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Come With Me, and You’ll Be, in a World of Total Automation!
You know what my favourite part of Charlie and the Chocolate Factory is? It’s not the Everlasting Gobstopper or the ironic punishments doled out upon the rotten children. It’s the reason why the Bucket family is in poverty. Charlie’s father loses his job putting the caps on toothpaste tubes to a robot that can do his job better and more efficiently. The punchline later is that he gets a new job fixing the robot that replaced him (presumably having retrained in mechanical engineering in the interim). It’s an idealistic detail that really emphasises the book’s morals, where the good and dignified poor are rewarded and the greedy, spoiled, and stupid are punished via a face-to-face confrontation with the means of production. But I digress.
From the outset, a robot taking your job isn’t as dystopian as it sounds. By automating certain jobs or aspects of them, you remove a lot of boring, repetitive tasks from your work day. At this point in time, robots and artificial intelligences as we understand them are not fully self-aware clockwork citizens (yet), they’re just fancy labour-saving devices. Robots don’t want our jobs, mostly because we haven’t taught them to want.
Manufacturing and cashier jobs are mostly done by machines, and tech companies are aiming to automate jobs that we previously thought would only ever be done by humans, like language processing programs that can proofread legal documents in seconds, or self-driving cars and trucks. Great news for a law clerk who wants to get more paperwork done, less so for the thousands of taxi and truck drivers whose whole livelihoods depend on being at the wheel. And therein lies in the real problem.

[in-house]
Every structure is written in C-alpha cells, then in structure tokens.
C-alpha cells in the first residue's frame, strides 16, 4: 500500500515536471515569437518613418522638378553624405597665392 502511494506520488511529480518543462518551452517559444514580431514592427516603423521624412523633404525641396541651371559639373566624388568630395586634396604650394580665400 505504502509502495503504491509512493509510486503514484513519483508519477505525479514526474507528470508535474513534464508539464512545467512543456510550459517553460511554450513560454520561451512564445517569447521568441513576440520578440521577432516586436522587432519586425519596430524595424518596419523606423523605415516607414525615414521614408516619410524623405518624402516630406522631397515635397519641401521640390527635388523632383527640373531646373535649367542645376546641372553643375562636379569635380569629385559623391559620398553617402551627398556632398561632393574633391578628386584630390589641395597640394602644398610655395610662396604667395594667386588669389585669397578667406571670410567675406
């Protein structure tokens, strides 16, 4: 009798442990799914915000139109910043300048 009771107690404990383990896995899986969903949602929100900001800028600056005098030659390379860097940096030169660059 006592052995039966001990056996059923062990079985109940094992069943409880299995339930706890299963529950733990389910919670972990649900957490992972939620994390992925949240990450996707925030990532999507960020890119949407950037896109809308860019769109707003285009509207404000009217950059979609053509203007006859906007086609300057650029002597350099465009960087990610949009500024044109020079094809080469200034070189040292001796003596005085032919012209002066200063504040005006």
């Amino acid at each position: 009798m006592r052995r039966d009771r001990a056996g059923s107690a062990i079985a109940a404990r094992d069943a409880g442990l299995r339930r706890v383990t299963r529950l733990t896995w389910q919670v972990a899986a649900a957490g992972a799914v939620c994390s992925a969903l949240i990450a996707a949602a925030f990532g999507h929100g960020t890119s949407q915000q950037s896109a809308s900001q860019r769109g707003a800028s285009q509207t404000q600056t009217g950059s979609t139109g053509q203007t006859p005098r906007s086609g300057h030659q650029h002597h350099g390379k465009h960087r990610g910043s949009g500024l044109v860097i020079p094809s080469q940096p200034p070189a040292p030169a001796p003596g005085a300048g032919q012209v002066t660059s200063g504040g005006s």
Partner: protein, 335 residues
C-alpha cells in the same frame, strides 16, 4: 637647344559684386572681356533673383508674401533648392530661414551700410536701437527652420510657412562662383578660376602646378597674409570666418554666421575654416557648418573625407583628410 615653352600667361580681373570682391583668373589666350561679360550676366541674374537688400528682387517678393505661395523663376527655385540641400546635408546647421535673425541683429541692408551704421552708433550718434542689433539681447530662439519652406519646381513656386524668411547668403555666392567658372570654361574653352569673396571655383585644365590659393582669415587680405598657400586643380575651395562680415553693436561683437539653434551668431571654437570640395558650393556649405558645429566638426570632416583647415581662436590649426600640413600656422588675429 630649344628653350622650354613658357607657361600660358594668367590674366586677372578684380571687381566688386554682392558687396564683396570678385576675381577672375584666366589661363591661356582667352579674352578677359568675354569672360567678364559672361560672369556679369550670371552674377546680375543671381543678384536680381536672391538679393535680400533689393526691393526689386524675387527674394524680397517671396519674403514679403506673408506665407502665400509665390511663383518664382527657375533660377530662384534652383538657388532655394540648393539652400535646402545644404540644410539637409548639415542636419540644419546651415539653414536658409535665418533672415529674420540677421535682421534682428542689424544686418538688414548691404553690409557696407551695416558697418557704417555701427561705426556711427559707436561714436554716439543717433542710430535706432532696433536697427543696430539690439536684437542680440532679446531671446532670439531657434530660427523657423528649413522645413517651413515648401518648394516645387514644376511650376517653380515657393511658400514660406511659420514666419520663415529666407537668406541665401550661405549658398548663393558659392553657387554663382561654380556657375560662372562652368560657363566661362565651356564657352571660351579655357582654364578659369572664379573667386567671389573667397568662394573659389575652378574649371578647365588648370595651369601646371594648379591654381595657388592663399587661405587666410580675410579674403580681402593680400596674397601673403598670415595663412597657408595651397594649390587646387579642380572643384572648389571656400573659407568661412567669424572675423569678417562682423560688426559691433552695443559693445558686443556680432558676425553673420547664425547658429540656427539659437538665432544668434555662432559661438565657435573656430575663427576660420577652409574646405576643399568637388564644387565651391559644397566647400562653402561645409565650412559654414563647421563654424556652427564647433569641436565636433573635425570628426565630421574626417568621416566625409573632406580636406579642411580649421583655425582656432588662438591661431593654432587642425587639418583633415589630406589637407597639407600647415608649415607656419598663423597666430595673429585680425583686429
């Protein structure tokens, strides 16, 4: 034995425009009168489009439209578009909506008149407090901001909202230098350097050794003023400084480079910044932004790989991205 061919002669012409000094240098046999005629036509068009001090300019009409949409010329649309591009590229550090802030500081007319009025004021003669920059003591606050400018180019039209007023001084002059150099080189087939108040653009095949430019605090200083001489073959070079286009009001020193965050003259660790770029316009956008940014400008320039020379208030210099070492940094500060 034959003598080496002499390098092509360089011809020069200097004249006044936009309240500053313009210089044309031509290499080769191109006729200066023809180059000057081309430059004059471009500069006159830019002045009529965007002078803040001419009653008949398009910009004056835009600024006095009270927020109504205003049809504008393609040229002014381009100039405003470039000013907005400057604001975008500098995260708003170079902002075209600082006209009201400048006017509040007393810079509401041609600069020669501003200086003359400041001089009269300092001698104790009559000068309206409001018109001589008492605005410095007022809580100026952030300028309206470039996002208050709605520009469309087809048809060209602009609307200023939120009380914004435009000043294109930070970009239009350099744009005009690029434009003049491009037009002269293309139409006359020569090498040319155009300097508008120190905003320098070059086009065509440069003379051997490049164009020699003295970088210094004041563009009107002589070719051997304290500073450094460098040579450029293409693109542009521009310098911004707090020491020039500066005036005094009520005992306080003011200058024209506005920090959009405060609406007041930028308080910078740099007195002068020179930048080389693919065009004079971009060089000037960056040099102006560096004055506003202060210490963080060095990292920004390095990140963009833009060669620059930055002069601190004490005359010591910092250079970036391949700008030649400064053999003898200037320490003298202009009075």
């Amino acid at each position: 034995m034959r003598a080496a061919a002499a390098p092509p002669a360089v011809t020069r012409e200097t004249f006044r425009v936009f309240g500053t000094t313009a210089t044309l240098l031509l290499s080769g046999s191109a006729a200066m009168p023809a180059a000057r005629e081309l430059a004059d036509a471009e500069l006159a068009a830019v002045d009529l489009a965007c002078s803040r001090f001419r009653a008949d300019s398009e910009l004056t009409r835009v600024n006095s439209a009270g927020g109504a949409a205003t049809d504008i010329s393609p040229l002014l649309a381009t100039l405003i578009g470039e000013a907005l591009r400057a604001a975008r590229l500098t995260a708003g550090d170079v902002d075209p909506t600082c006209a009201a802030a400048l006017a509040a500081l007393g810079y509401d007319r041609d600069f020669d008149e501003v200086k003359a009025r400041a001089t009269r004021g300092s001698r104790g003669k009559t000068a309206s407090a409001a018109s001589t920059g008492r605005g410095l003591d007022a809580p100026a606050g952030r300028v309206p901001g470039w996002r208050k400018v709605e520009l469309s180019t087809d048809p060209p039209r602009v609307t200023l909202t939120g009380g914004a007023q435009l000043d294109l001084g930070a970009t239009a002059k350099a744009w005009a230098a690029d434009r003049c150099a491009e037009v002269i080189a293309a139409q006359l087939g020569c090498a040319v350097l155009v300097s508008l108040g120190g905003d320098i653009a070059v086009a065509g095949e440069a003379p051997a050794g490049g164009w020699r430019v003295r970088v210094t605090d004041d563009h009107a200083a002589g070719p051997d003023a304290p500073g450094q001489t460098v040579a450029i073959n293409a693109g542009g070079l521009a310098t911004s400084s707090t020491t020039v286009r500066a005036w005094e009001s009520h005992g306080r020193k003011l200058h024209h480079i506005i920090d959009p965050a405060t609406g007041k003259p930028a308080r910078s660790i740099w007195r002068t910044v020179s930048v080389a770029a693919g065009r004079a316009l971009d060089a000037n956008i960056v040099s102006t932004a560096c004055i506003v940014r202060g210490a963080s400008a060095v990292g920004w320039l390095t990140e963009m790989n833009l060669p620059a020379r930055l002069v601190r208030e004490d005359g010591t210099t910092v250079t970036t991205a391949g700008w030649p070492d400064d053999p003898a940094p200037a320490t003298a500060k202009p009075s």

When businesses choose to automate their production processes, it increases the share of profits going to capital and decreases the share going to labour. And when it’s more beneficial for a company to replace its squishy sick leave demanding wage monkeys with never-tiring robots, profit is favoured over people, and people inevitably suffer. For a country that supposedly values the dignity of the working person, US robotics stock is looking very healthy, having increased 30% in the past five years and currently worth $732 billion dollars, which is more than the entire economy of Switzerland. About 40% of America’s workforce is set to be automated in the next 15 years, with the UK’s and Japan’s workforces only being slightly less impacted at 30% and 21% respectively. Automation may not permeate the job market evenly either, as the well-off could automate the boring parts of their work to get in another nine holes at the links, while the poor will struggle to find even the most basic jobs. God help them if they ever make a wet-vac Roomba.
However, automation need not exist only to benefit business. French Socialist Party candidate Benoit Hamon has suggested placing a tax on the wealth gained from automation, essentially a “robot tax,” which would then go back to the people in the form of improved infrastructure or a Universal Basic Income. One idea floated by the radical left that takes this even further is “fully automated luxury communism” which advocates for a post-work society where all labour is done by machines and a universal income supplied populace are freed up for creative and educational pursuits.
But if we really want to continue our comfortably antagonistic relationship with capitalism, we can aim to only automate to the point where it’s a complement to human labour rather than a replacement. I hope that if Charlie automated the factory after taking over from Wonka, he gave the Oompa Loompas a decent severance package.